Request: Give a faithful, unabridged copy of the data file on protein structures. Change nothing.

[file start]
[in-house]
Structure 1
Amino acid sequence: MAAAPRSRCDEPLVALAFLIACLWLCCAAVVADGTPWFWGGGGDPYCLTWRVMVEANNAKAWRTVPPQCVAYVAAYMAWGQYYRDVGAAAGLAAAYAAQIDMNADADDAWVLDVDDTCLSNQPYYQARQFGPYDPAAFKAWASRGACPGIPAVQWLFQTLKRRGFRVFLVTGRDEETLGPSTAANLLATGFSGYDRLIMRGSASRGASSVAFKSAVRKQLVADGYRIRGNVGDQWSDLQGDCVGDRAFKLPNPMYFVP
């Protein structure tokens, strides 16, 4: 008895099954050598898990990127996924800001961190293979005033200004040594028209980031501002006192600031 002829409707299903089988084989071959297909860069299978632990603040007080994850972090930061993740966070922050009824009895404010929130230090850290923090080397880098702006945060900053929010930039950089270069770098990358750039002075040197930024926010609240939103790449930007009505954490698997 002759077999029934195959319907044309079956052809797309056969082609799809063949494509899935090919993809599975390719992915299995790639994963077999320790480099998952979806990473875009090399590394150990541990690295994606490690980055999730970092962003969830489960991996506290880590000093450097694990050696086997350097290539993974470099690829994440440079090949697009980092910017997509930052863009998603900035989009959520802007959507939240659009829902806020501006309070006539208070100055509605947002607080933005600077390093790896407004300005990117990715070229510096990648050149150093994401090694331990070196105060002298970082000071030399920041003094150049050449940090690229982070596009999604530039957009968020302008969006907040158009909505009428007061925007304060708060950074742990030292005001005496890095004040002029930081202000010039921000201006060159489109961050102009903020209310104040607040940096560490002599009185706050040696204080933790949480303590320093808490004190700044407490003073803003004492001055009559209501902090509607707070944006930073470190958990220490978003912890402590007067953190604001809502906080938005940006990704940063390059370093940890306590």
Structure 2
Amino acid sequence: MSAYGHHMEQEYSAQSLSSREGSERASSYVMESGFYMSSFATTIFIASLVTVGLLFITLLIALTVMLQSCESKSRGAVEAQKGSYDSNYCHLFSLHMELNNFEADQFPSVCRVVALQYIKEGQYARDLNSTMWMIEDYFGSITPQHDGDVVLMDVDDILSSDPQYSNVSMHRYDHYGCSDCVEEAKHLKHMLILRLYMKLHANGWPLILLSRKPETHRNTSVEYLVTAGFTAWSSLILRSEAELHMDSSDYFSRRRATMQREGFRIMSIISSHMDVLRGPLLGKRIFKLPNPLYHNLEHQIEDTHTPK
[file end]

[in-house]
Structure 1
Amino acid sequence: MAAAPRSRCDEPLVALAFLIACLWLCCAAVVADGTPWFWGGGGDPYCLTWRVMVEANNAKAWRTVPPQCVAYVAAYMAWGQYYRDVGAAAGLAAAYAAQIDMNADADDAWVLDVDDTCLSNQPYYQARQFGPYDPAAFKAWASRGACPGIPAVQWLFQTLKRRGFRVFLVTGRDEETLGPSTAANLLATGFSGYDRLIMRGSASRGASSVAFKSAVRKQLVADGYRIRGNVGDQWSDLQGDCVGDRAFKLPNPMYFVP
């Protein structure tokens, strides 16, 4: 008895099954050598898990990127996924800001961190293979005033200004040594028209980031501002006192600031 002829409707299903089988084989071959297909860069299978632990603040007080994850972090930061993740966070922050009824009895404010929130230090850290923090080397880098702006945060900053929010930039950089270069770098990358750039002075040197930024926010609240939103790449930007009505954490698997 002759077999029934195959319907044309079956052809797309056969082609799809063949494509899935090919993809599975390719992915299995790639994963077999320790480099998952979806990473875009090399590394150990541990690295994606490690980055999730970092962003969830489960991996506290880590000093450097694990050696086997350097290539993974470099690829994440440079090949697009980092910017997509930052863009998603900035989009959520802007959507939240659009829902806020501006309070006539208070100055509605947002607080933005600077390093790896407004300005990117990715070229510096990648050149150093994401090694331990070196105060002298970082000071030399920041003094150049050449940090690229982070596009999604530039957009968020302008969006907040158009909505009428007061925007304060708060950074742990030292005001005496890095004040002029930081202000010039921000201006060159489109961050102009903020209310104040607040940096560490002599009185706050040696204080933790949480303590320093808490004190700044407490003073803003004492001055009559209501902090509607707070944006930073470190958990220490978003912890402590007067953190604001809502906080938005940006990704940063390059370093940890306590």
Structure 2
Amino acid sequence: MSAYGHHMEQEYSAQSLSSREGSERASSYVMESGFYMSSFATTIFIASLVTVGLLFITLLIALTVMLQSCESKSRGAVEAQKGSYDSNYCHLFSLHMELNNFEADQFPSVCRVVALQYIKEGQYARDLNSTMWMIEDYFGSITPQHDGDVVLMDVDDILSSDPQYSNVSMHRYDHYGCSDCVEEAKHLKHMLILRLYMKLHANGWPLILLSRKPETHRNTSVEYLVTAGFTAWSSLILRSEAELHMDSSDYFSRRRATMQREGFRIMSIISSHMDVLRGPLLGKRIFKLPNPLYHNLEHQIEDTHTPK